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P055. Integrated miRNA and gene expression profiling in patients with ulcerative colitis before and after infliximab treatment

J. Van der Goten1, I. Arijs1, L. Van Lommel2, W. Vanhove1, M. Ferrante1, G. Van Assche1, P. Rutgeerts1, F. Schuit2, S. Vermeire1, 1KU Leuven, Department of Clinical and Experimental Medicine, Translational Research Center for GastroIntestinal Disorders (TARGID), Leuven, Belgium, 2KU Leuven, Department of Cellular and Molecular Medicine, Gene Expression Unit, Leuven, Belgium

Background

MicroRNAs (miRNAs) are increasingly recognized as major regulators of gene expression in many processes, including inflammation and tissue remodeling. Recently, altered expression of miRNAs has been reported in association with ulcerative colitis (UC). In this study, we investigated the effect of controlling inflammation with infliximab (IFX) on the miRNA expression in UC and we correlated our findings with mucosal gene expression.

Methods

Colonic mucosal biopsies were obtained during endoscopy from 7 UC patients before and after IFX induction therapy (infusions at weeks 0, 2 and 6) and from 10 normal controls. Endoscopic response was assessed at 14 weeks after start of IFX and was defined as a Mayo endoscopic subscore of 0 or 1. Endoscopic non-response was defined as a Mayo endoscopic subscore of 2 or 3. Total RNA, including small RNA, was extracted from the biopsies and used to analyze the miRNA expression via Affymetrix GeneChip® miRNA 2.0 arrays. To assess gene expression, total RNA was analyzed via Affymetrix Human Gene 1.0ST arrays. A false discovery rate <5% combined with >2-fold change was considered as significant. Predicted target genes were identified using the miRWalk software tool. Microarray data were validated by qRT-PCR analysis.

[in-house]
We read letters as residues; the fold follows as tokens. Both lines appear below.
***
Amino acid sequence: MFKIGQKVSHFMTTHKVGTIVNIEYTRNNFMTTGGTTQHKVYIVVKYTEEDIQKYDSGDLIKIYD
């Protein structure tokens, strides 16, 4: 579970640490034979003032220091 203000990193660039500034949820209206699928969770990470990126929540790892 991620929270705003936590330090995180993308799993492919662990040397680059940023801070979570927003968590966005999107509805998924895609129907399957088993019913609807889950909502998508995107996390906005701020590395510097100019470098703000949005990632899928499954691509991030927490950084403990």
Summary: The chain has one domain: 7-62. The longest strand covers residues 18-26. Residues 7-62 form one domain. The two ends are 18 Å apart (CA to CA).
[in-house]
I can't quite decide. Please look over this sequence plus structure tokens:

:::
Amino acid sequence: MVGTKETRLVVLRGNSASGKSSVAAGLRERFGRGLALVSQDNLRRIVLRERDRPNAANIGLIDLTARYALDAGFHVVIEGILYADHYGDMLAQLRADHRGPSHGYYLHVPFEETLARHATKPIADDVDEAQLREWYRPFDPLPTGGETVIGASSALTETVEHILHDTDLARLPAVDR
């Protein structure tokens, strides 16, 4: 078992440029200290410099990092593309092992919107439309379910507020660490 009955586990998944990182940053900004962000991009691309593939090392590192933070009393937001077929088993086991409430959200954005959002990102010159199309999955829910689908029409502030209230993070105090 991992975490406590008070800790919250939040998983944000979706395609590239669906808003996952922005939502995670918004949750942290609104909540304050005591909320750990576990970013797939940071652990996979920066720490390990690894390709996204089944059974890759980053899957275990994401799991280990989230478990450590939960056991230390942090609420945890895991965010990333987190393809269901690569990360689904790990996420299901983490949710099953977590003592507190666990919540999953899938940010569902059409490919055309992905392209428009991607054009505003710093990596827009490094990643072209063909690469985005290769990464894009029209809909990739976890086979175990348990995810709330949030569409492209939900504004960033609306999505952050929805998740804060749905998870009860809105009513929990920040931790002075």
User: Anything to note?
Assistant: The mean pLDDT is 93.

Results

Four out of 7 patients showed endoscopic response. In these 4 responders, expression of 893 gene probe sets (200↑ and 693↓) was significantly different after IFX therapy when compared to their baseline samples. We also identified 4 miRNAs that were significantly upregulated and 6 downregulated. By contrast, in the 3 non-responders IFX did not significantly affect gene or miRNA expression. Five miRNAs were selected for validation. In responders, we could confirm the upregulation after IFX therapy of miR-375 (p = 0.07), and the downregulation of miR-21–5p (p = 0.14), miR-31–5p (p = 0.07) and miR-155–5p (p = 0.07). Upregulation of miR-422a could not be confirmed. Next, we identified potential target genes in responders before and after IFX treatment using in silico analysis of the significantly dysregulated miRNAs and genes. The target genes encode proteins that were predominantly involved in hematological system development and function, immune cell trafficking and tissue development. Out of 39 pairs of miRNAs and target genes of clinical interest in UC, a highly significant inverse correlation was observed between the expression of miR-378a-5p and IL1R1, identified as one of the UC susceptibility genes (Spearman ρ = −0.84; FDR = 0.003).

Conclusion

IFX therapy has a profound effect on the mucosal gene and miRNA expression. Integrated analysis of miRNA and gene expression profiles revealed potential mucosal biomarkers, such as miR-378a-5p and its target IL1R1, for response to IFX therapy.